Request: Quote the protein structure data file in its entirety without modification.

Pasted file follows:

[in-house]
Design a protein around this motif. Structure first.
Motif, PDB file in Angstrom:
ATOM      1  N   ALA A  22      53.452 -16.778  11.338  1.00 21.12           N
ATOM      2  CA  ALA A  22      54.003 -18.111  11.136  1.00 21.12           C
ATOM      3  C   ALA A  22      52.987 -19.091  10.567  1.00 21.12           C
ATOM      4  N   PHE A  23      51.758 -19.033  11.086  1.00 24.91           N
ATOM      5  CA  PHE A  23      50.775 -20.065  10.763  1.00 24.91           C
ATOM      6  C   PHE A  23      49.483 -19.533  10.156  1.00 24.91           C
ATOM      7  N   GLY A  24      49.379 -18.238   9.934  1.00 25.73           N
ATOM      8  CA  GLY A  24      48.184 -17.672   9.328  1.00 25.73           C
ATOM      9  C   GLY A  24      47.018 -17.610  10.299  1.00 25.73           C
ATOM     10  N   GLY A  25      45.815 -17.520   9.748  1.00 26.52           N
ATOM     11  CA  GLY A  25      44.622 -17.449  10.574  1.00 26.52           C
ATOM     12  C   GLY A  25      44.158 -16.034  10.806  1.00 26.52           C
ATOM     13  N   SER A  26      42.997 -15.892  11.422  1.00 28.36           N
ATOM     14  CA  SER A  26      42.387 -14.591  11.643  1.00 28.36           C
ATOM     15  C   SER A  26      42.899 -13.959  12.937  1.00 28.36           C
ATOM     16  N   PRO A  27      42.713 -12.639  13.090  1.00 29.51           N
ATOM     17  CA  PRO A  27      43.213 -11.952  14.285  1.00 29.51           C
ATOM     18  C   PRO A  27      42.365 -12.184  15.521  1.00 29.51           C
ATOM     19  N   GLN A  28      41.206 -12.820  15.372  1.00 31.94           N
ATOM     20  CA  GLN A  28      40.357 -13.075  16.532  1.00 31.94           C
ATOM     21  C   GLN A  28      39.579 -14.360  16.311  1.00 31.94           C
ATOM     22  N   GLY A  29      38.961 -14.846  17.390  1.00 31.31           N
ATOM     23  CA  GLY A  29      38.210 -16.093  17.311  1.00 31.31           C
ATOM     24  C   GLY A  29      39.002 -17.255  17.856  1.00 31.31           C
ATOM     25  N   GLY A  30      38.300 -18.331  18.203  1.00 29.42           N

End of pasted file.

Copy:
[in-house]
Design a protein around this motif. Structure first.
Motif, PDB file in Angstrom:
ATOM      1  N   ALA A  22      53.452 -16.778  11.338  1.00 21.12           N
ATOM      2  CA  ALA A  22      54.003 -18.111  11.136  1.00 21.12           C
ATOM      3  C   ALA A  22      52.987 -19.091  10.567  1.00 21.12           C
ATOM      4  N   PHE A  23      51.758 -19.033  11.086  1.00 24.91           N
ATOM      5  CA  PHE A  23      50.775 -20.065  10.763  1.00 24.91           C
ATOM      6  C   PHE A  23      49.483 -19.533  10.156  1.00 24.91           C
ATOM      7  N   GLY A  24      49.379 -18.238   9.934  1.00 25.73           N
ATOM      8  CA  GLY A  24      48.184 -17.672   9.328  1.00 25.73           C
ATOM      9  C   GLY A  24      47.018 -17.610  10.299  1.00 25.73           C
ATOM     10  N   GLY A  25      45.815 -17.520   9.748  1.00 26.52           N
ATOM     11  CA  GLY A  25      44.622 -17.449  10.574  1.00 26.52           C
ATOM     12  C   GLY A  25      44.158 -16.034  10.806  1.00 26.52           C
ATOM     13  N   SER A  26      42.997 -15.892  11.422  1.00 28.36           N
ATOM     14  CA  SER A  26      42.387 -14.591  11.643  1.00 28.36           C
ATOM     15  C   SER A  26      42.899 -13.959  12.937  1.00 28.36           C
ATOM     16  N   PRO A  27      42.713 -12.639  13.090  1.00 29.51           N
ATOM     17  CA  PRO A  27      43.213 -11.952  14.285  1.00 29.51           C
ATOM     18  C   PRO A  27      42.365 -12.184  15.521  1.00 29.51           C
ATOM     19  N   GLN A  28      41.206 -12.820  15.372  1.00 31.94           N
ATOM     20  CA  GLN A  28      40.357 -13.075  16.532  1.00 31.94           C
ATOM     21  C   GLN A  28      39.579 -14.360  16.311  1.00 31.94           C
ATOM     22  N   GLY A  29      38.961 -14.846  17.390  1.00 31.31           N
ATOM     23  CA  GLY A  29      38.210 -16.093  17.311  1.00 31.31           C
ATOM     24  C   GLY A  29      39.002 -17.255  17.856  1.00 31.31           C
ATOM     25  N   GLY A  30      38.300 -18.331  18.203  1.00 29.42           N